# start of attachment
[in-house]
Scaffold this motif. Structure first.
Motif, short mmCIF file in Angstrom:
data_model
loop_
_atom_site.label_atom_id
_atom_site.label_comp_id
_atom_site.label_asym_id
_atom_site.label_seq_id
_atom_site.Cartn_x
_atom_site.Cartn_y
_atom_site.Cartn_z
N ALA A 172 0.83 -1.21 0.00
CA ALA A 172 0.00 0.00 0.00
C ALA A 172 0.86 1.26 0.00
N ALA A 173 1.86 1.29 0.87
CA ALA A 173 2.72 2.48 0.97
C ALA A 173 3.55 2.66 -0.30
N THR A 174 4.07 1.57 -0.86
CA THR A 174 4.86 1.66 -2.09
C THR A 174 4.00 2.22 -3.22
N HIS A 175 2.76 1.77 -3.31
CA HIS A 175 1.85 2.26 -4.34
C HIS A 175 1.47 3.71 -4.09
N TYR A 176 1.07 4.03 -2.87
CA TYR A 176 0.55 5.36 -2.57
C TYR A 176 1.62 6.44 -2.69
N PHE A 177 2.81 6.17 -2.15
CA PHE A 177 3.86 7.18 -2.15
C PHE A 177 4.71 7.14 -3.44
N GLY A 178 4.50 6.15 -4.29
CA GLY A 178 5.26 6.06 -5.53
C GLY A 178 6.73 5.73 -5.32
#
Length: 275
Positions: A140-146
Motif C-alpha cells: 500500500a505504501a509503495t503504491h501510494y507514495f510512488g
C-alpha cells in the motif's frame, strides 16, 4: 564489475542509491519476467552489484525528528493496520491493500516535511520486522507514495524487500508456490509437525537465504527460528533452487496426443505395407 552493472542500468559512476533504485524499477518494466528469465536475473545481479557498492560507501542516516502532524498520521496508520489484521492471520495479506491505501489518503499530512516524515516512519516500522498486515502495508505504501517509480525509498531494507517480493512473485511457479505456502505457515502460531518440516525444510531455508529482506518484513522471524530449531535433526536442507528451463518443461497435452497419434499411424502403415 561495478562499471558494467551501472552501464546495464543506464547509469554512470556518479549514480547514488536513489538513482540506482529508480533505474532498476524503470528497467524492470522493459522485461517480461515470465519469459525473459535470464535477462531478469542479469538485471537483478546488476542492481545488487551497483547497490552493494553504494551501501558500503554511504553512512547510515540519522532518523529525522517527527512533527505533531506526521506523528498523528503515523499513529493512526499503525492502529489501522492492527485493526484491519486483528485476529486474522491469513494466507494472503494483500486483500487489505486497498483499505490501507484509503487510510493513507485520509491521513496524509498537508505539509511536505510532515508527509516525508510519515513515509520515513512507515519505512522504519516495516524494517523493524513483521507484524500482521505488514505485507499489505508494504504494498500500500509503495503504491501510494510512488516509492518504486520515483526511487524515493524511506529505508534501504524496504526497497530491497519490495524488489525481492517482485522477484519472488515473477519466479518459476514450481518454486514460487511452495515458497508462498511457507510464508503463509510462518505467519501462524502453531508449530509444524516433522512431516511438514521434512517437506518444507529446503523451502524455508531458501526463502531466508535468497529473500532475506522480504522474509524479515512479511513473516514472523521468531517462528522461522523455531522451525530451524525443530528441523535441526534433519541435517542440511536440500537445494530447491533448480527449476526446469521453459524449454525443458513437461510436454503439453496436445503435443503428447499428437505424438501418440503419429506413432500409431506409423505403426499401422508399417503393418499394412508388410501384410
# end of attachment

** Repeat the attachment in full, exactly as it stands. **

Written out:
[in-house]
Scaffold this motif. Structure first.
Motif, short mmCIF file in Angstrom:
data_model
loop_
_atom_site.label_atom_id
_atom_site.label_comp_id
_atom_site.label_asym_id
_atom_site.label_seq_id
_atom_site.Cartn_x
_atom_site.Cartn_y
_atom_site.Cartn_z
N ALA A 172 0.83 -1.21 0.00
CA ALA A 172 0.00 0.00 0.00
C ALA A 172 0.86 1.26 0.00
N ALA A 173 1.86 1.29 0.87
CA ALA A 173 2.72 2.48 0.97
C ALA A 173 3.55 2.66 -0.30
N THR A 174 4.07 1.57 -0.86
CA THR A 174 4.86 1.66 -2.09
C THR A 174 4.00 2.22 -3.22
N HIS A 175 2.76 1.77 -3.31
CA HIS A 175 1.85 2.26 -4.34
C HIS A 175 1.47 3.71 -4.09
N TYR A 176 1.07 4.03 -2.87
CA TYR A 176 0.55 5.36 -2.57
C TYR A 176 1.62 6.44 -2.69
N PHE A 177 2.81 6.17 -2.15
CA PHE A 177 3.86 7.18 -2.15
C PHE A 177 4.71 7.14 -3.44
N GLY A 178 4.50 6.15 -4.29
CA GLY A 178 5.26 6.06 -5.53
C GLY A 178 6.73 5.73 -5.32
#
Length: 275
Positions: A140-146
Motif C-alpha cells: 500500500a505504501a509503495t503504491h501510494y507514495f510512488g
C-alpha cells in the motif's frame, strides 16, 4: 564489475542509491519476467552489484525528528493496520491493500516535511520486522507514495524487500508456490509437525537465504527460528533452487496426443505395407 552493472542500468559512476533504485524499477518494466528469465536475473545481479557498492560507501542516516502532524498520521496508520489484521492471520495479506491505501489518503499530512516524515516512519516500522498486515502495508505504501517509480525509498531494507517480493512473485511457479505456502505457515502460531518440516525444510531455508529482506518484513522471524530449531535433526536442507528451463518443461497435452497419434499411424502403415 561495478562499471558494467551501472552501464546495464543506464547509469554512470556518479549514480547514488536513489538513482540506482529508480533505474532498476524503470528497467524492470522493459522485461517480461515470465519469459525473459535470464535477462531478469542479469538485471537483478546488476542492481545488487551497483547497490552493494553504494551501501558500503554511504553512512547510515540519522532518523529525522517527527512533527505533531506526521506523528498523528503515523499513529493512526499503525492502529489501522492492527485493526484491519486483528485476529486474522491469513494466507494472503494483500486483500487489505486497498483499505490501507484509503487510510493513507485520509491521513496524509498537508505539509511536505510532515508527509516525508510519515513515509520515513512507515519505512522504519516495516524494517523493524513483521507484524500482521505488514505485507499489505508494504504494498500500500509503495503504491501510494510512488516509492518504486520515483526511487524515493524511506529505508534501504524496504526497497530491497519490495524488489525481492517482485522477484519472488515473477519466479518459476514450481518454486514460487511452495515458497508462498511457507510464508503463509510462518505467519501462524502453531508449530509444524516433522512431516511438514521434512517437506518444507529446503523451502524455508531458501526463502531466508535468497529473500532475506522480504522474509524479515512479511513473516514472523521468531517462528522461522523455531522451525530451524525443530528441523535441526534433519541435517542440511536440500537445494530447491533448480527449476526446469521453459524449454525443458513437461510436454503439453496436445503435443503428447499428437505424438501418440503419429506413432500409431506409423505403426499401422508399417503393418499394412508388410501384410